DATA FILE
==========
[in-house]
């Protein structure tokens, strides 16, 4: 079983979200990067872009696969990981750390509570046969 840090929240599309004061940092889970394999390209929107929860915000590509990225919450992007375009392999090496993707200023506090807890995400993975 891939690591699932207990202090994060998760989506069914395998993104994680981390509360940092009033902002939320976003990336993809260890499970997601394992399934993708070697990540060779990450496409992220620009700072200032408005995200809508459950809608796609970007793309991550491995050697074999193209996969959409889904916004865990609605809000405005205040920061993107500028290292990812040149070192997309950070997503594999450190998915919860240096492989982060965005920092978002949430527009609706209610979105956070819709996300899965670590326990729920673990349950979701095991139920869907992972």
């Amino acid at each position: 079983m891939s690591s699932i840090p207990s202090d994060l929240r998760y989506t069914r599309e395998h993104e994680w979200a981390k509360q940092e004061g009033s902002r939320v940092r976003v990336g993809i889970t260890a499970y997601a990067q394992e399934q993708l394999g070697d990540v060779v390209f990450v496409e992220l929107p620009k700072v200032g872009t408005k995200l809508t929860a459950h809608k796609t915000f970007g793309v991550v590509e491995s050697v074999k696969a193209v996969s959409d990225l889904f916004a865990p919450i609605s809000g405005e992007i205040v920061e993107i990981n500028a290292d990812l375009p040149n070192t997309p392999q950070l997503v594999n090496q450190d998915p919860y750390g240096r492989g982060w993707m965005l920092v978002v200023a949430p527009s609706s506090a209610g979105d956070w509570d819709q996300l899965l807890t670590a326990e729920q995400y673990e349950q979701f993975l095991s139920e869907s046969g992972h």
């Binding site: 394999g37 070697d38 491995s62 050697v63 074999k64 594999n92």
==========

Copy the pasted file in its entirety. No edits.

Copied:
[in-house]
């Protein structure tokens, strides 16, 4: 079983979200990067872009696969990981750390509570046969 840090929240599309004061940092889970394999390209929107929860915000590509990225919450992007375009392999090496993707200023506090807890995400993975 891939690591699932207990202090994060998760989506069914395998993104994680981390509360940092009033902002939320976003990336993809260890499970997601394992399934993708070697990540060779990450496409992220620009700072200032408005995200809508459950809608796609970007793309991550491995050697074999193209996969959409889904916004865990609605809000405005205040920061993107500028290292990812040149070192997309950070997503594999450190998915919860240096492989982060965005920092978002949430527009609706209610979105956070819709996300899965670590326990729920673990349950979701095991139920869907992972």
């Amino acid at each position: 079983m891939s690591s699932i840090p207990s202090d994060l929240r998760y989506t069914r599309e395998h993104e994680w979200a981390k509360q940092e004061g009033s902002r939320v940092r976003v990336g993809i889970t260890a499970y997601a990067q394992e399934q993708l394999g070697d990540v060779v390209f990450v496409e992220l929107p620009k700072v200032g872009t408005k995200l809508t929860a459950h809608k796609t915000f970007g793309v991550v590509e491995s050697v074999k696969a193209v996969s959409d990225l889904f916004a865990p919450i609605s809000g405005e992007i205040v920061e993107i990981n500028a290292d990812l375009p040149n070192t997309p392999q950070l997503v594999n090496q450190d998915p919860y750390g240096r492989g982060w993707m965005l920092v978002v200023a949430p527009s609706s506090a209610g979105d956070w509570d819709q996300l899965l807890t670590a326990e729920q995400y673990e349950q979701f993975l095991s139920e869907s046969g992972h």
């Binding site: 394999g37 070697d38 491995s62 050697v63 074999k64 594999n92």